The Trust Funds brought suit against Pacific Fence in district court under the Labor Management Relations Act, 29 U.S.C. § 185(a), and the Employee Retirement Income Security Act ("ERISA"), 29 U.S.C. § 1132, to account for and to collect the allegedly delinquent contributions. The parties made cross-motions for summary judgment. Pacific Fence contended that the Master Agreement only required it to make contributions to the Trust Funds when its employees worked at industrial construction sites at which members of Local 296 of the Union were employed. Because Pacific Fence employees seldom worked in such a setting, Pacific Fence argued that it owed no further contributions. The Trust Funds countered that the Agreement covered work at all commercial construction sites.
The district court denied both parties' motions for summary judgment, ruling that the term defining the scope of the Master Agreement was ambiguous. That being the case, extrinsic evidence regarding the parties' intent, subsequent conduct, and industry practices would have to be examined to determine the meaning of such term. Factual questions were presented regarding these items, precluding resolution on summary judgment.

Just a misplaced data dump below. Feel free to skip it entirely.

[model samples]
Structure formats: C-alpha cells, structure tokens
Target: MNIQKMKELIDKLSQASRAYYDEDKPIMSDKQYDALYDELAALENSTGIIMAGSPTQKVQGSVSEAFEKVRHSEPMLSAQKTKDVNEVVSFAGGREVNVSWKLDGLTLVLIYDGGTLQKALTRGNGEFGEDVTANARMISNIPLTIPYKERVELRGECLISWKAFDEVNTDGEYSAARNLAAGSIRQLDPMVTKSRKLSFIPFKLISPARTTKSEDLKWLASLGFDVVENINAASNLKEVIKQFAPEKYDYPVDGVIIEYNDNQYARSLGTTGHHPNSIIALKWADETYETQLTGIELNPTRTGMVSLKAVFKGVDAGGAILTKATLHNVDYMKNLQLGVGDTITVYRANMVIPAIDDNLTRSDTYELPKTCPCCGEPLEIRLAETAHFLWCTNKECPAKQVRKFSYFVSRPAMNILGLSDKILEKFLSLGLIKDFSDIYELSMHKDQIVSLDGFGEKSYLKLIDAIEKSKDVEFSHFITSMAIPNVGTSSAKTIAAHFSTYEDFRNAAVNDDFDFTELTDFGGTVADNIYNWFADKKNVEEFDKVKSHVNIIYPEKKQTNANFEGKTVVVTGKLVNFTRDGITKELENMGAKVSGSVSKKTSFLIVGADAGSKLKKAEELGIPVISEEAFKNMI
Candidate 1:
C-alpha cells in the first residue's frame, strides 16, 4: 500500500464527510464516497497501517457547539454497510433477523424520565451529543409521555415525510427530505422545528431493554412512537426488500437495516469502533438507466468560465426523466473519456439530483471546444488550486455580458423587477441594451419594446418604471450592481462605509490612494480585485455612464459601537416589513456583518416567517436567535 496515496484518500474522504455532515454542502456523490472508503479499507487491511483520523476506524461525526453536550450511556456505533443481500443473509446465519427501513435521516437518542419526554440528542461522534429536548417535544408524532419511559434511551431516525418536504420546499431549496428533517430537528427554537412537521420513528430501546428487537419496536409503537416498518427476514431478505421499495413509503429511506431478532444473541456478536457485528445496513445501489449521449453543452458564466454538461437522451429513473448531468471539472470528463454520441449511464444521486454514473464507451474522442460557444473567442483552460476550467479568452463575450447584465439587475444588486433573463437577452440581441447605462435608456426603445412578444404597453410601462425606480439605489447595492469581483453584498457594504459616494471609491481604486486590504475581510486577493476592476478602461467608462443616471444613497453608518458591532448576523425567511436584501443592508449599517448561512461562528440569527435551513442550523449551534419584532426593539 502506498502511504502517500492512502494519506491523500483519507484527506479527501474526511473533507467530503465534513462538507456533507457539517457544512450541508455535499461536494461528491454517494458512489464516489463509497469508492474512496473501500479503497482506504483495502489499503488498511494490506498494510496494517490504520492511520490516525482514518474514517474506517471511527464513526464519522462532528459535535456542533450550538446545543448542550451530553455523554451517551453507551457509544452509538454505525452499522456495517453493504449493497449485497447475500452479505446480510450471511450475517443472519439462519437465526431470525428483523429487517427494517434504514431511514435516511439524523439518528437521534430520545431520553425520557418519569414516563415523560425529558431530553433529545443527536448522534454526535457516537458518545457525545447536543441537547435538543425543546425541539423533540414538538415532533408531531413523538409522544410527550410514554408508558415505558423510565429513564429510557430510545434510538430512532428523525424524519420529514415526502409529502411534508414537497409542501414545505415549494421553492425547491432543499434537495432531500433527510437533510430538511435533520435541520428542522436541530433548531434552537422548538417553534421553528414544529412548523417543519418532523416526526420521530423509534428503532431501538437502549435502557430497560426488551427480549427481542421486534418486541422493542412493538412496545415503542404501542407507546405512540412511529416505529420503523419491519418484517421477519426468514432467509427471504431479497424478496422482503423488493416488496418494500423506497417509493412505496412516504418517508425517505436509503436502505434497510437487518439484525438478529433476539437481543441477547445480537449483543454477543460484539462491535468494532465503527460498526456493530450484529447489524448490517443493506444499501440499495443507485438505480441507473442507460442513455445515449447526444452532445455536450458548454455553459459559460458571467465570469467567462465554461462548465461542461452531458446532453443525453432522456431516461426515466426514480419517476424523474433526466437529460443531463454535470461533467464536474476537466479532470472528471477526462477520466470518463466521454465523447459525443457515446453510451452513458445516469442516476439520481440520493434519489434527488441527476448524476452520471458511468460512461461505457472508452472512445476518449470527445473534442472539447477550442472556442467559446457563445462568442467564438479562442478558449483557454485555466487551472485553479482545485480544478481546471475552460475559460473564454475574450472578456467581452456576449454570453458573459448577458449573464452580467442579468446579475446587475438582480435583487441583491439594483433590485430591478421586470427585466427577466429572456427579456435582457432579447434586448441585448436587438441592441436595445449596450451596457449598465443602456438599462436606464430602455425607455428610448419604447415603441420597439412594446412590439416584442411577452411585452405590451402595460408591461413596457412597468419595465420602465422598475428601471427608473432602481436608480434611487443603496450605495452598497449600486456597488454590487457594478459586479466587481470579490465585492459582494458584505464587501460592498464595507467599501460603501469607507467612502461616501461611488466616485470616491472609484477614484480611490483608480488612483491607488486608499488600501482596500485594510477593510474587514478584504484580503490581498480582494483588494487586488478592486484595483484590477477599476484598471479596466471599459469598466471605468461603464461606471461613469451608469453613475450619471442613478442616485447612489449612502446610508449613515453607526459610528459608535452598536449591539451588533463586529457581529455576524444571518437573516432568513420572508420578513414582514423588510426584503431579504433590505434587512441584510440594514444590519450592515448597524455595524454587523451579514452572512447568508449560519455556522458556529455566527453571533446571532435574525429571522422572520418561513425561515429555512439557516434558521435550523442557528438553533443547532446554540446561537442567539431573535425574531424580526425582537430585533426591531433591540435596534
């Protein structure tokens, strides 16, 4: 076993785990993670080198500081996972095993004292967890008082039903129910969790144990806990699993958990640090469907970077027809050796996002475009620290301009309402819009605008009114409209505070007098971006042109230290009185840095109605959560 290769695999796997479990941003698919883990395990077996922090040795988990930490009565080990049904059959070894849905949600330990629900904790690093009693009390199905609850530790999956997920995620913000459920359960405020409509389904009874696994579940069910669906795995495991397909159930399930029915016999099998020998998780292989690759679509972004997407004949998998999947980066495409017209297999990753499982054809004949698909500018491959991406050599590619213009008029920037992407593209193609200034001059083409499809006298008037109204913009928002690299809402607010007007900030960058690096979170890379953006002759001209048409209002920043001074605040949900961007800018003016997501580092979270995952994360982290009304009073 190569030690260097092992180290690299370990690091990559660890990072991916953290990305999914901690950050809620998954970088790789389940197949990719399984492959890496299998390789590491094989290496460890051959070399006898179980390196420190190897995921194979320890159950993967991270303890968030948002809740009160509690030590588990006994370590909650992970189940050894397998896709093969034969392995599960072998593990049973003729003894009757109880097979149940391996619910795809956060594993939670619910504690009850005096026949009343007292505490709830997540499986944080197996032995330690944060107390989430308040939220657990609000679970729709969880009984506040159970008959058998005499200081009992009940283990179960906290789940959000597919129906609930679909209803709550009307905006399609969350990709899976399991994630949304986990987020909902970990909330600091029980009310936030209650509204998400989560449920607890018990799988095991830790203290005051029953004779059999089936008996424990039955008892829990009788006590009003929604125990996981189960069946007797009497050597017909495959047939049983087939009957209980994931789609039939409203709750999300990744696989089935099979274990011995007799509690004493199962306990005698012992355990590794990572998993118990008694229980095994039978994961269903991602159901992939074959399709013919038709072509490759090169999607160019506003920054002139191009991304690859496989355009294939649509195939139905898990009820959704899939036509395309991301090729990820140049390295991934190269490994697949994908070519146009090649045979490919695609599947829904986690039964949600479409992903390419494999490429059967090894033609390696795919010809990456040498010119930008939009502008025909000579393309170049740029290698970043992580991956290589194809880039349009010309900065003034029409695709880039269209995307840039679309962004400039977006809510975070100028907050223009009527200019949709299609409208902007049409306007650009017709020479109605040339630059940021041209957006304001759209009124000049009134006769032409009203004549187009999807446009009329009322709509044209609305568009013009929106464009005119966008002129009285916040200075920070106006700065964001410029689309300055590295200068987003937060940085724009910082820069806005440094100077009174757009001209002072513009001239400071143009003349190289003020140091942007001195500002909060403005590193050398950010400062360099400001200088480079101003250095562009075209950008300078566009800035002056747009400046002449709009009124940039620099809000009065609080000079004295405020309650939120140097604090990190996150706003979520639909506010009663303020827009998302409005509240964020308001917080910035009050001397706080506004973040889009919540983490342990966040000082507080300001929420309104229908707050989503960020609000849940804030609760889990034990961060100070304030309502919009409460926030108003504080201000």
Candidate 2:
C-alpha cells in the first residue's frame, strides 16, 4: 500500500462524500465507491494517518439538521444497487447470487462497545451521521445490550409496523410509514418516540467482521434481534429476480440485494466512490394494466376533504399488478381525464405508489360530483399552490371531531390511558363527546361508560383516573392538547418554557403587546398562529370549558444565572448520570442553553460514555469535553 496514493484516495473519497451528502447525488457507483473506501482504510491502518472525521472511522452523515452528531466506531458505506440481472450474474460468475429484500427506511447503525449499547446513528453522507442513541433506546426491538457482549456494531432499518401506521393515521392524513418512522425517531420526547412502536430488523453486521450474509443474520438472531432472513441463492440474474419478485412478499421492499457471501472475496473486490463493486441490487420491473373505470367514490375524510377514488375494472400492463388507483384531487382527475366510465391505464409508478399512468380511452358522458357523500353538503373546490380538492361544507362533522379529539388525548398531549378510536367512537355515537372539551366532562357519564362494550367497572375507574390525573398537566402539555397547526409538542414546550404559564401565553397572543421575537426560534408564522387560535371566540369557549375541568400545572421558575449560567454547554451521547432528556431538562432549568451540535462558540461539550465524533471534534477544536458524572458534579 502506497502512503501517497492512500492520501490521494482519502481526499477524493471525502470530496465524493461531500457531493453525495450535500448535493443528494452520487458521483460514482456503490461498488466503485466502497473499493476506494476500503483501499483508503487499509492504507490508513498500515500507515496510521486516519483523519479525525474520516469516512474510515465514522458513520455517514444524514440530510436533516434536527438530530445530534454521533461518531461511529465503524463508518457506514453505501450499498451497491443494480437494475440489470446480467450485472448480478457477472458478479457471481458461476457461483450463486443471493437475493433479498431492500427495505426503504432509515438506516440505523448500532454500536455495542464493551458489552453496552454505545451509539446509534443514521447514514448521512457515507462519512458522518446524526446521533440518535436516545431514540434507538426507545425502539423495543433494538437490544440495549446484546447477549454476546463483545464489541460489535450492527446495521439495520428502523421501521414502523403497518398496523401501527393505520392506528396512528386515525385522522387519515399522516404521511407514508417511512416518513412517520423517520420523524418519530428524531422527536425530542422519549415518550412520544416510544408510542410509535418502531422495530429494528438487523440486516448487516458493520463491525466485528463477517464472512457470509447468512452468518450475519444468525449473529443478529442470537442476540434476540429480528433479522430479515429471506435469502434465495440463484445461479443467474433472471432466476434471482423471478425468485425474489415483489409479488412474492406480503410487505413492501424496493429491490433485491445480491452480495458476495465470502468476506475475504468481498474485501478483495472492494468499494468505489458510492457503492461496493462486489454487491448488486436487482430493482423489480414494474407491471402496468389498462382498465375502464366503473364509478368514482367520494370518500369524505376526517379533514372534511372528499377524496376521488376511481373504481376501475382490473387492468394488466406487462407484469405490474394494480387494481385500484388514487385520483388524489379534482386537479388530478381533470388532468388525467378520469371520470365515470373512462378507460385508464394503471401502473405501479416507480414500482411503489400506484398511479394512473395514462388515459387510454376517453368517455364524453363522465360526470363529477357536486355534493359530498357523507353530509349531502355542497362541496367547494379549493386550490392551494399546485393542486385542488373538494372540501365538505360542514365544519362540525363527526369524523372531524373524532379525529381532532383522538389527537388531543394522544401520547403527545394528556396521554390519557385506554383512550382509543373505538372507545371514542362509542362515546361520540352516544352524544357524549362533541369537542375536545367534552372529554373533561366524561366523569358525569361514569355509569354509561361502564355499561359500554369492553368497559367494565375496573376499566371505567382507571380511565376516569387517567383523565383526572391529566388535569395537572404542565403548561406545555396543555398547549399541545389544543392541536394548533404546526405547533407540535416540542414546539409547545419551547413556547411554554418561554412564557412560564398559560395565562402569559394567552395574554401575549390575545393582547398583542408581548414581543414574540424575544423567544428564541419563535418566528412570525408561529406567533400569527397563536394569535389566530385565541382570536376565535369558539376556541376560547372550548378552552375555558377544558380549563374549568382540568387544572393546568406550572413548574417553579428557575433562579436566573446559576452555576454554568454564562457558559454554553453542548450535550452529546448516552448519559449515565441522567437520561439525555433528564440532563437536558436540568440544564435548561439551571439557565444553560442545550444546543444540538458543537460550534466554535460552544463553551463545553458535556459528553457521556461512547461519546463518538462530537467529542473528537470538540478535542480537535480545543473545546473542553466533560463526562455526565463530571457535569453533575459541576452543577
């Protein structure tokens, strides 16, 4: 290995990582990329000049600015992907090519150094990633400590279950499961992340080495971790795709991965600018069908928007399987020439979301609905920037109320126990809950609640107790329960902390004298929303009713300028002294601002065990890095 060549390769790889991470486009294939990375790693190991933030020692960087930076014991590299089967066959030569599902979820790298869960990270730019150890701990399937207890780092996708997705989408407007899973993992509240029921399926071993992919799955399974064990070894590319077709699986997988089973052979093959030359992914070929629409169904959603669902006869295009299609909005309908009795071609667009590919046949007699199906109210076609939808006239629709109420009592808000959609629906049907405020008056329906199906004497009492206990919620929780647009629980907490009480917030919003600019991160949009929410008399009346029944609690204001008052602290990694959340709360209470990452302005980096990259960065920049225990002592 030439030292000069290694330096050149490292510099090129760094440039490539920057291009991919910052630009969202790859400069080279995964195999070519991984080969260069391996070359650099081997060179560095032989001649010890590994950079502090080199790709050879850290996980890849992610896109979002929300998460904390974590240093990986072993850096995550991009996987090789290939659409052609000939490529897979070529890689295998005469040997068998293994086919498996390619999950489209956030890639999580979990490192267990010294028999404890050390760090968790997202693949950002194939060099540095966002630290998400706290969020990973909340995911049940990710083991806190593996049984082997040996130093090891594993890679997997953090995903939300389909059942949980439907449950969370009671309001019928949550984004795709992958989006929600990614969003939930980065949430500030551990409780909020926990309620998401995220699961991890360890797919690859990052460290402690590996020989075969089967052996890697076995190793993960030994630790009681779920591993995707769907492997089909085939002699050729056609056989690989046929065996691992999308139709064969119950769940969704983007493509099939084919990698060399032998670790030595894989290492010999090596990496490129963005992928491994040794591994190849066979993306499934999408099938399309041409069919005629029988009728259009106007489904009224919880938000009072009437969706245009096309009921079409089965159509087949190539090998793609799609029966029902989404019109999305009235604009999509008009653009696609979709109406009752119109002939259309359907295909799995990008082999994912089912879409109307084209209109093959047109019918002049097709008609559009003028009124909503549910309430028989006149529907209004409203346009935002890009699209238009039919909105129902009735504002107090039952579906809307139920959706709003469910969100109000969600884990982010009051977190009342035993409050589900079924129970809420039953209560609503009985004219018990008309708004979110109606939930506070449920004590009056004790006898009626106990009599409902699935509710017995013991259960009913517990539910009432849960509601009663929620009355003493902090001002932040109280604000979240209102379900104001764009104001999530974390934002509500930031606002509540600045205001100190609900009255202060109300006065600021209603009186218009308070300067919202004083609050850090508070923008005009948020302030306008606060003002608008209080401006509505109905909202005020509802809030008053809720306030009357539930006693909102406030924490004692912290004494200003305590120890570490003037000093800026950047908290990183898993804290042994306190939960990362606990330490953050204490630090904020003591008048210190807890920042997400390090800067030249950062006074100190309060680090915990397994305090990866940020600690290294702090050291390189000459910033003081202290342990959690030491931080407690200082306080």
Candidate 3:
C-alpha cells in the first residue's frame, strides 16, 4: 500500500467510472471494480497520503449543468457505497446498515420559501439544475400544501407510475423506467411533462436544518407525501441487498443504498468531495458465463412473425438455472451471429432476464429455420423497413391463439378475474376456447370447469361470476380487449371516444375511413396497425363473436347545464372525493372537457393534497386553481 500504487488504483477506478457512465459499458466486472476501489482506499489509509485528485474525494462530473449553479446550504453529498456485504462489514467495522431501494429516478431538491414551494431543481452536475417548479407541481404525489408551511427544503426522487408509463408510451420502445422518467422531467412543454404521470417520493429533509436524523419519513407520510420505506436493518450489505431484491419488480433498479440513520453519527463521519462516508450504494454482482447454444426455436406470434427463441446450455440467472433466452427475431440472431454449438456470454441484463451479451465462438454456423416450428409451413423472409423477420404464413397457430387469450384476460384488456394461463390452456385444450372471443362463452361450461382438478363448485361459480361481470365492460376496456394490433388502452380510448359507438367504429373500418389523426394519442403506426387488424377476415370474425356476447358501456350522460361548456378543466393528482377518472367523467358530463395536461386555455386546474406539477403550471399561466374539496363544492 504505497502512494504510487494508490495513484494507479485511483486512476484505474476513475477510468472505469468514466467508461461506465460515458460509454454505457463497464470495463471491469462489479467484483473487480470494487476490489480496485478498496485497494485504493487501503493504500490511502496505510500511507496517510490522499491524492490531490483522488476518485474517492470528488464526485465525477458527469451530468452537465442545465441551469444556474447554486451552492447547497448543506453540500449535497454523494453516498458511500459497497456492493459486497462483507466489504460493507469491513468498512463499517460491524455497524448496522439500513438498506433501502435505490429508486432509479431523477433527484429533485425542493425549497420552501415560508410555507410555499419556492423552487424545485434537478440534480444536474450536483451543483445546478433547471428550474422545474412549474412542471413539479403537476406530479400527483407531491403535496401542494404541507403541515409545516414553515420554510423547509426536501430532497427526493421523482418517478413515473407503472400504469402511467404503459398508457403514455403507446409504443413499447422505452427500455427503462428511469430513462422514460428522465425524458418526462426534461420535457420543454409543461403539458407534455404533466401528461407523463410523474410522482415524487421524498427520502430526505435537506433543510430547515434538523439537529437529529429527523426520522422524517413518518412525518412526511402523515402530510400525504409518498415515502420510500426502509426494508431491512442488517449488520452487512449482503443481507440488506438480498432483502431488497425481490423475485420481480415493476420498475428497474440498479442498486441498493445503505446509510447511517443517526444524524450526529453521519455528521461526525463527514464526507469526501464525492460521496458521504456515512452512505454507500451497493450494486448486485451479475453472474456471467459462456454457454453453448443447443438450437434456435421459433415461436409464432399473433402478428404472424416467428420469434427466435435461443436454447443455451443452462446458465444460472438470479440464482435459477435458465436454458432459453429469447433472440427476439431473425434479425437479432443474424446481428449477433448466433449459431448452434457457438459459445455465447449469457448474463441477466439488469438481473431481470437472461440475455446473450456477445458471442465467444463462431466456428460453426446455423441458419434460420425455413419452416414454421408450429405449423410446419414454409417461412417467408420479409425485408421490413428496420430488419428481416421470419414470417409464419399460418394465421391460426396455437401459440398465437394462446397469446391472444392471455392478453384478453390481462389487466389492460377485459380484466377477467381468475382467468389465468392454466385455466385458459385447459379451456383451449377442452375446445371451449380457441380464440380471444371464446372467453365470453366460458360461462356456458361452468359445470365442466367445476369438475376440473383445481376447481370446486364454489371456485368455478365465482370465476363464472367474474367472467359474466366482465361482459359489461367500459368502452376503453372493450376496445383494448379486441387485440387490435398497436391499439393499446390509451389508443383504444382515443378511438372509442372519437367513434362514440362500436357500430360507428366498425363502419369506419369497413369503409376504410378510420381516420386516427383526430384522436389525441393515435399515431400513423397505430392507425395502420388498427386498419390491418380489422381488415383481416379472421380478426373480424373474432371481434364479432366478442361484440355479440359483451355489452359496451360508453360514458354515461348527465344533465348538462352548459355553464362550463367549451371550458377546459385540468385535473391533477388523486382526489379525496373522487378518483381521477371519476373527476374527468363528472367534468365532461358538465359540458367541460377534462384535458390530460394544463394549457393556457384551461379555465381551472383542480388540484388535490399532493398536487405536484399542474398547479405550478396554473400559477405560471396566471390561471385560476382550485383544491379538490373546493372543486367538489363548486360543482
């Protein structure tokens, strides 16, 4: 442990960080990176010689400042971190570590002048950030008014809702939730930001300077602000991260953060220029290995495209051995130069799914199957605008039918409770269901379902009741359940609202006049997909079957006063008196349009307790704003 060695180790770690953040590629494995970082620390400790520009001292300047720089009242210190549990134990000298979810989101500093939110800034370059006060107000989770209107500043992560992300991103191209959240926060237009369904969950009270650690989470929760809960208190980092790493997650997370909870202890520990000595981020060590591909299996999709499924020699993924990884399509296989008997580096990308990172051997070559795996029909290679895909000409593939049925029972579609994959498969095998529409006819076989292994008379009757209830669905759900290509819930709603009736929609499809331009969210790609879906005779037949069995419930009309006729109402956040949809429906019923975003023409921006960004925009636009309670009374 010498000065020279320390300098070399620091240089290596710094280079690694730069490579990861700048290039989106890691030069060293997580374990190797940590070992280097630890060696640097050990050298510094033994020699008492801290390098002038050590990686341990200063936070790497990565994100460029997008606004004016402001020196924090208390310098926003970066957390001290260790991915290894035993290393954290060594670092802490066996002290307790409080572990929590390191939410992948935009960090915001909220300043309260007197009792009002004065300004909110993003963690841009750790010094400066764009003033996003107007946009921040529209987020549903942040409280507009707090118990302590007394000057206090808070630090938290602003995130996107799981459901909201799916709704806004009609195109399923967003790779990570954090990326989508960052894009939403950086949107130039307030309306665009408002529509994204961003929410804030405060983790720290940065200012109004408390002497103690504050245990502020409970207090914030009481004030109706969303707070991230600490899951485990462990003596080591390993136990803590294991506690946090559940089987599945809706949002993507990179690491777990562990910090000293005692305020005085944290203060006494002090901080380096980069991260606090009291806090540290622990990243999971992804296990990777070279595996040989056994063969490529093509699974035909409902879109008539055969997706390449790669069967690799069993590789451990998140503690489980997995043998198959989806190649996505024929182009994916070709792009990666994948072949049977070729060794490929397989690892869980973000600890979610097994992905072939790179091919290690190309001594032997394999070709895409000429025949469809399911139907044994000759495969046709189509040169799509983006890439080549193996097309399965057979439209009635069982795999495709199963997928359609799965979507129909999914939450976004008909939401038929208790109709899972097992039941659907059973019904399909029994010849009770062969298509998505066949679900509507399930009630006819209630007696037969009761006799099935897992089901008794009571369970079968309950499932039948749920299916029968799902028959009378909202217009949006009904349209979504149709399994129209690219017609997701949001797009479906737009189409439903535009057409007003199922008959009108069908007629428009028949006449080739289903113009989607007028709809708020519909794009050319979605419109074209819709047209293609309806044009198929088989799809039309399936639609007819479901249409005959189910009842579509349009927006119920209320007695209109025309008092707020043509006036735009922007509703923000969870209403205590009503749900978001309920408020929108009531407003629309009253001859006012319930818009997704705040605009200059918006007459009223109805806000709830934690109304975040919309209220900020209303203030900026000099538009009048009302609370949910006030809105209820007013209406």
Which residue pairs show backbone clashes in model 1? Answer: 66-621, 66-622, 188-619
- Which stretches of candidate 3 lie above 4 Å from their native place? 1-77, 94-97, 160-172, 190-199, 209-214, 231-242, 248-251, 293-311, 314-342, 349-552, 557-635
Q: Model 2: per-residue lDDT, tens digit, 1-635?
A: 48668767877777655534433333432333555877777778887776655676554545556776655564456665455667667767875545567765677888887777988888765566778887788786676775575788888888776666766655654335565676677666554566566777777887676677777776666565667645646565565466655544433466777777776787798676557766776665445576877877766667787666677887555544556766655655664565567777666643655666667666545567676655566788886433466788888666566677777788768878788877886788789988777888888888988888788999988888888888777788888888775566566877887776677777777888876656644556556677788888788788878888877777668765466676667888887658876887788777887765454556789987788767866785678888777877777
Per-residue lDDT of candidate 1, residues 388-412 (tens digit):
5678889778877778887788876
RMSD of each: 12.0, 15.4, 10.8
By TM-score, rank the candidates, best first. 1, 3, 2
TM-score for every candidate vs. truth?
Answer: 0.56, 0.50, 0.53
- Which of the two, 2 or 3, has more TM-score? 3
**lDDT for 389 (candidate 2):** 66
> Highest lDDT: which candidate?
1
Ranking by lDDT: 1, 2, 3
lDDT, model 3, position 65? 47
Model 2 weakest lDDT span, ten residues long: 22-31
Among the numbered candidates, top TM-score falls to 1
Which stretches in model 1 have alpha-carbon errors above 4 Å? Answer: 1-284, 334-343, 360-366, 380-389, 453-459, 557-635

After a four-day trial, the jury returned a special verdict in favor of Pacific Fence. The jury determined that the Agreement between Pacific Fence and the Union only required contributions to the Trust Funds "for work done on industrial construction projects where members of Local 296 were employed on such projects [.]" Accordingly, the jury concluded that Pacific Fence owed no money to the Trust Funds.